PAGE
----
Tuesdays with Morrie by Mitch Albom
Why I loved it: Life is precious and relationships are paramount above all. This book is a reminder of the simplicities of life and how profound spending quality time and engaging in meaningful conversations are. I gained more appreciation for life and began nurturing relationships that are typically taken for granted. I asked my grandfather lots of questions, and I make sure that those around me know that I care and love them, so in the event I die suddenly, my loved ones know how much I treasure them.
The Opposite of Spoiled: Raising Kids Who Are Grounded, Generous, and Smart About Money by Ron Lieber
Why it’s on my list: This book does a great job at approaching the concept that I and so many other parents think about, namely, “how do I make sure my children are not spoiled brats?” The approach is thoughtful, engaging, and touches on various topics and concepts like the “fun ratio” relating to the amount of fun a toy brings relative to its cost, as well as saving, earning, participating in the household, and more.
The Moment of Lift: How Empowering Women Changes the World by Melinda Gates
Why it’s on my list: I love Melinda Gates’ story and journey of using her skills and experience to help women. I resonate with the book’s message of when we lift up women, we lift up everybody.
I Will Teach You to Be Rich: No Guilt. No Excuses. No B.S. Just a 6-Week Program That Works by Ramit Sethi
Why it’s on my list: This self-improvement book made it so simple to understand how to manage money, save for the future and have a better relationship with spending. Its actionable advice is clear, immediate and thoughtful. I implemented a number of the book’s strategies straight away and feel confident knowing that I am being smarter with my finances for myself, my family and our future.
Freakonomics by Steven D. Levitt, Stephen J. Dubner, et al.
Why it’s on my list: Dots are not always connected in a straight line. Just because it appears there’s a clear relationship, it doesn’t mean there is. I learned to question everything in this self-improvement book, and not take data, relationships and correlations at face value. This was especially helpful when I read this book for the first time as a young 20-something.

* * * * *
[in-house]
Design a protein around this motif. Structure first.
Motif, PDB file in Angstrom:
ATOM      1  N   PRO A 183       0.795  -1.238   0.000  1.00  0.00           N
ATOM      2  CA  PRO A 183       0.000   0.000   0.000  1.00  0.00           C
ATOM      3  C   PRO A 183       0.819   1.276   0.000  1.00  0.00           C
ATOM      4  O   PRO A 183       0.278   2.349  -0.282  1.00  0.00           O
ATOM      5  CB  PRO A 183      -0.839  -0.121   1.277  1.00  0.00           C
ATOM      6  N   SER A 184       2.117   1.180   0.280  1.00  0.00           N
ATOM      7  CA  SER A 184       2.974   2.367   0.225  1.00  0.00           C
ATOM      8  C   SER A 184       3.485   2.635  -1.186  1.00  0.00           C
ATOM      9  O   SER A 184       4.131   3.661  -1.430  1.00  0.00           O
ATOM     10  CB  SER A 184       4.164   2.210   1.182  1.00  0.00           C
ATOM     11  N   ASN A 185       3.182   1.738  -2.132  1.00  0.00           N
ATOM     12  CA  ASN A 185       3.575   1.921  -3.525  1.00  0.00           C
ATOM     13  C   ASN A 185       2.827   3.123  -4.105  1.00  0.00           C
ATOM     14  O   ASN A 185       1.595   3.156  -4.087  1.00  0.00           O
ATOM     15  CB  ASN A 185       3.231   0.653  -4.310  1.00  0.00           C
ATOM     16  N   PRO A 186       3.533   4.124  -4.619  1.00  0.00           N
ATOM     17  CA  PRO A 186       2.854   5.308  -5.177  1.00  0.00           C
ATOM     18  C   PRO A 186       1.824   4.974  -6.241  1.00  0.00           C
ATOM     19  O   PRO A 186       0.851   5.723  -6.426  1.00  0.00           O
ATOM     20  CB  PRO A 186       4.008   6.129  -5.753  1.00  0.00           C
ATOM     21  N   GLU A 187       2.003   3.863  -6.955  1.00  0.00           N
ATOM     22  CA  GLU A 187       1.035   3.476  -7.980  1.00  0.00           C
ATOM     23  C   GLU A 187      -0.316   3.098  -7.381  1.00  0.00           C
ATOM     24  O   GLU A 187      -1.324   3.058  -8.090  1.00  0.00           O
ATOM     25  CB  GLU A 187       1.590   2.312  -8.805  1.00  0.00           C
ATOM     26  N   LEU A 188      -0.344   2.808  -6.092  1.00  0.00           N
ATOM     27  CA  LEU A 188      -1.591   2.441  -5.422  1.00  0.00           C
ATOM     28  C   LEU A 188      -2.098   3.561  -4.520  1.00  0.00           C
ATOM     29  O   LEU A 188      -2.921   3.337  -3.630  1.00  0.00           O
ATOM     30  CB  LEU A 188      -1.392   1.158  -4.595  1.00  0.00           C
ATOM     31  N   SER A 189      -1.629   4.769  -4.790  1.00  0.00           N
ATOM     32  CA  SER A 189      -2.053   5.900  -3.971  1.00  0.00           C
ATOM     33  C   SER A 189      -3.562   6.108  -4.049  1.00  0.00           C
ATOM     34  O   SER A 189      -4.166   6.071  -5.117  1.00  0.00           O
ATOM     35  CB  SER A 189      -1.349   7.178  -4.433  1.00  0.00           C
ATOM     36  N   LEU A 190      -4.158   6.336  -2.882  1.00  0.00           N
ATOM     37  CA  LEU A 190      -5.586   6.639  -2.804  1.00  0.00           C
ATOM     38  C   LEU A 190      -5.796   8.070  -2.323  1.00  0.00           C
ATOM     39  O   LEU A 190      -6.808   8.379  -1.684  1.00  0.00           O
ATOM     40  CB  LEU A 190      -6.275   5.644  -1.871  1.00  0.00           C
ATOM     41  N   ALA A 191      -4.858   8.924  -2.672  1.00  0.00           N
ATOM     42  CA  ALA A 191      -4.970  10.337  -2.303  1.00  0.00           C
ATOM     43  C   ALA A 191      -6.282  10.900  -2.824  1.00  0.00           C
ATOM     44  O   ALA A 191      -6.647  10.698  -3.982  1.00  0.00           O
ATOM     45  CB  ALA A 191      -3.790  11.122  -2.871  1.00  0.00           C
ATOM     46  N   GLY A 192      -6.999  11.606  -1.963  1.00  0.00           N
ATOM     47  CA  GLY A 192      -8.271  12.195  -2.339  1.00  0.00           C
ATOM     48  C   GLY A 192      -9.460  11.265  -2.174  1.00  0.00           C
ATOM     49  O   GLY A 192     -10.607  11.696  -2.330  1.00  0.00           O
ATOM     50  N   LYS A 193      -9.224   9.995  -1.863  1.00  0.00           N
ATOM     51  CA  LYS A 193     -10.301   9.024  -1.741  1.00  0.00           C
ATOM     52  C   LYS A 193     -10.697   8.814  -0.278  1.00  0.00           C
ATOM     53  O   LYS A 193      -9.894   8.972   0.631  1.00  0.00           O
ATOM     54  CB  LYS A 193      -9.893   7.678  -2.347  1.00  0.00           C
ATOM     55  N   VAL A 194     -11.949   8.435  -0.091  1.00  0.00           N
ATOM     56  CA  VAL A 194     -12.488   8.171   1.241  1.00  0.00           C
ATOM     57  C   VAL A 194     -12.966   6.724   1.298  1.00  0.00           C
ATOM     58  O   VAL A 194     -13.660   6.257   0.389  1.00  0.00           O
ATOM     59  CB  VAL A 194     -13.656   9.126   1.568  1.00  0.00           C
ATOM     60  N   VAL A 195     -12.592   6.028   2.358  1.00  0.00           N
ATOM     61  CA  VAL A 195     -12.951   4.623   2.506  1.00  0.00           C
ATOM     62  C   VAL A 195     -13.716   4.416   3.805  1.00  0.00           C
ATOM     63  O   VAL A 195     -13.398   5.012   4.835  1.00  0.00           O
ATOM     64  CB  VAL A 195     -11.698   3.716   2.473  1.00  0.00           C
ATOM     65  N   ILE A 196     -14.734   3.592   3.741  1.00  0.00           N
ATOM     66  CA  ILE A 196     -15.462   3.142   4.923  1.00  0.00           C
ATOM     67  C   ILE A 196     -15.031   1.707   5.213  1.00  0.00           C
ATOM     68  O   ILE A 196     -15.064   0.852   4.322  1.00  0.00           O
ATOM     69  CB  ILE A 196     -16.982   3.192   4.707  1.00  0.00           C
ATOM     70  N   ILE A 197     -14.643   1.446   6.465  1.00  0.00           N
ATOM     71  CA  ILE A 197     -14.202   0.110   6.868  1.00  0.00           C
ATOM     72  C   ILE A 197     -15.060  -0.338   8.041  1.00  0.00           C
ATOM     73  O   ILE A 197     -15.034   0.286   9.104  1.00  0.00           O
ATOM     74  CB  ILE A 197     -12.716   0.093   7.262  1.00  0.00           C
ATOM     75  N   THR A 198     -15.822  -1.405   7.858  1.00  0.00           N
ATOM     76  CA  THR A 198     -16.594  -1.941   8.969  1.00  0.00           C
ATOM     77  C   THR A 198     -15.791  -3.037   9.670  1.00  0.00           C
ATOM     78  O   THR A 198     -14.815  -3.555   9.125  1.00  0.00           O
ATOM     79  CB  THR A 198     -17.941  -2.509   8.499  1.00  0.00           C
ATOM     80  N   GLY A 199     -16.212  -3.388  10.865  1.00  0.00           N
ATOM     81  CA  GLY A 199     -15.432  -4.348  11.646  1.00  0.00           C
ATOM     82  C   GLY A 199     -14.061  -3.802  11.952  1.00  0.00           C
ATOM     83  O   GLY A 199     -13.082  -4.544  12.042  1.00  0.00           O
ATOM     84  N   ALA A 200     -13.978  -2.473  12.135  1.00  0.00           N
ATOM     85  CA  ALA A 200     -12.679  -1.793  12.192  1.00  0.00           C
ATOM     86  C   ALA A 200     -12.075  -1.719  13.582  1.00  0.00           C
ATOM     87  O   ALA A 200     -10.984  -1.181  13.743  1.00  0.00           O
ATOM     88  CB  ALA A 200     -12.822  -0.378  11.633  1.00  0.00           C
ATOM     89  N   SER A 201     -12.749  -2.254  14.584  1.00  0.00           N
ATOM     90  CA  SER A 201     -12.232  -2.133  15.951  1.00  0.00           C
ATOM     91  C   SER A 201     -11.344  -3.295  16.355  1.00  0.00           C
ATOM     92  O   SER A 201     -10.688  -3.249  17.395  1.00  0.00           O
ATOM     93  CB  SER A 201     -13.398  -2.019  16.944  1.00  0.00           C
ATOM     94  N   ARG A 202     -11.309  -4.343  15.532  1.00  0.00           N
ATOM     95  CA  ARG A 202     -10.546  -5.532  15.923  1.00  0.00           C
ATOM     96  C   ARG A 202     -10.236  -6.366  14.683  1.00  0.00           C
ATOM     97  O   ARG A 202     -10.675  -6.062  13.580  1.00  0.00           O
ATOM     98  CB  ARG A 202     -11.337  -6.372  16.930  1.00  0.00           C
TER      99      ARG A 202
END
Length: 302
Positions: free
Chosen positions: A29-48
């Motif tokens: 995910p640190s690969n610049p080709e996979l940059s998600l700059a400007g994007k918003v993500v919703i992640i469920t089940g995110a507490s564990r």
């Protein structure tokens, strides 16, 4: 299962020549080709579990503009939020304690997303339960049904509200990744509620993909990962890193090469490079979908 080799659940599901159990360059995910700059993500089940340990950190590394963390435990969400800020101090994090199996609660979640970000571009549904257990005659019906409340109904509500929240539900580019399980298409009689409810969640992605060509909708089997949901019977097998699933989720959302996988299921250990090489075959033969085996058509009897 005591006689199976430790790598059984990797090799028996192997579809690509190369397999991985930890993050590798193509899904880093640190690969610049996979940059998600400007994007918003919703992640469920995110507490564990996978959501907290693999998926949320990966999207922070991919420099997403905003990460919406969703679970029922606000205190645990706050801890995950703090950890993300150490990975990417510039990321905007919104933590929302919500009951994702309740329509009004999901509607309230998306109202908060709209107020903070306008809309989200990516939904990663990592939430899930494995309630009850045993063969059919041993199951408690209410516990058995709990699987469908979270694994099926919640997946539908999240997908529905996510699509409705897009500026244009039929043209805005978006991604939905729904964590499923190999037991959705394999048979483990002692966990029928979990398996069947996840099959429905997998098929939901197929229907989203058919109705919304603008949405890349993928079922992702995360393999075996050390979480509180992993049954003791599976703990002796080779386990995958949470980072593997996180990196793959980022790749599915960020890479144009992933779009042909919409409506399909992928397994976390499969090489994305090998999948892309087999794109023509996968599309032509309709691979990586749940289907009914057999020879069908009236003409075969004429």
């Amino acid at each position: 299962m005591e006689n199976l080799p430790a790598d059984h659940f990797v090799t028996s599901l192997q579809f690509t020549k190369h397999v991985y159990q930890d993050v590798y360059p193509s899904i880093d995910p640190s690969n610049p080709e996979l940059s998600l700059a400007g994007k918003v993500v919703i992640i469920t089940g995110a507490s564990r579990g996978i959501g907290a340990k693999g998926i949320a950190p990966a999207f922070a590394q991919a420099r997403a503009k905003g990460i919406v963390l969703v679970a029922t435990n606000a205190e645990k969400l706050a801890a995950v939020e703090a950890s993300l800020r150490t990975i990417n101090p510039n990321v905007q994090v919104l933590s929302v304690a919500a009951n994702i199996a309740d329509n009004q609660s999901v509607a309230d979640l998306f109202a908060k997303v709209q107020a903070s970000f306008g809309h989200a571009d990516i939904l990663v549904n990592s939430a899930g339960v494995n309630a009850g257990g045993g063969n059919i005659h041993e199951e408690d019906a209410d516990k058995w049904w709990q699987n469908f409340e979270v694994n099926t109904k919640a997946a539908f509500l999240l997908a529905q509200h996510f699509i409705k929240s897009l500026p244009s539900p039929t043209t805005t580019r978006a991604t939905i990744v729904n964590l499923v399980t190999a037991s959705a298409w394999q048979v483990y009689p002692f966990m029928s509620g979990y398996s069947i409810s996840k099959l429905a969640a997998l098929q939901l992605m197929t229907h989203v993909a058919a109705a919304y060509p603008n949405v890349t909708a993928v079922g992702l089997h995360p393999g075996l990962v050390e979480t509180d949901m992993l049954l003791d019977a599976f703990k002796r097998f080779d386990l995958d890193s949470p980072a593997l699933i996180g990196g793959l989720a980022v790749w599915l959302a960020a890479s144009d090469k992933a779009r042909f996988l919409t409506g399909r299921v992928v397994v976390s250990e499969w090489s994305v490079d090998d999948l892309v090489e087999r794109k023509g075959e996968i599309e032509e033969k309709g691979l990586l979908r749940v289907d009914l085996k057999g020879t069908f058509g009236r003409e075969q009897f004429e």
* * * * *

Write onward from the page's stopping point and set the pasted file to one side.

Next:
Count Down: How Our Modern World Is Threatening Sperm Counts, Altering Male and Female Reproductive Development, and Imperiling the Future of the Human Race
by Shanna H. Swan, Stacey Colino, et al.
Why it’s on my list: Through this book I learned that every single little thing we do has an effect on our bodies and the environment, both in modern times and especially in the future. So often people make decisions based on what’s convenient or provides success in the moment, without thinking about the long-term harm and repercussions it could have.
How to Talk So Kids Will Listen & Listen So Kids Will Talk by Adele Faber, Elaine Mazlish, et al.
Why it’s on my list: This book helped me when I was running my preschool before I ever lived with and started raising children. Not only are the lessons valuable for kids, I find that they help navigate challenging situations with adults as well. My key takeaways were the importance of accepting and acknowledging kids’ feelings, encouraging cooperation over punishment and encouraging autonomy to build self-confidence.
Becoming by Michelle Obama
Why it’s on my list: The way Michelle Obama always remembered her roots, stood up for what is most important to her – her family and helping her community – large and small was extremely inspiring!
Untamed by Glennon Doyle
Why it’s on my list: This book was so fun to read and has so much heart and soul in every word. Glennon Doyle is a masterful storyteller and this book is so breathtakingly open and raw as she shares her story about her relationship with love, herself and those closest to her. She inspires her readers, including myself, to live authentically, heart forward and with arms wide open.
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Reach out, I’m here for you.
Jenna, Your growth and work is bold and ambitious. I’ve known you for a very long time (your 5th grade) and I am inspired by your unique approach to life. What strikes me is how spiritual and balanced you have become. Even better, I can learn from you. I grew up with three younger sibs, a home in which our parents’ passion for each other and family and nature and spirituality impacted me to be who I am. We were cherished and nurtured by our folks. They have been in heaven a long time, but they are with me every day. Much love and admiration, Maxine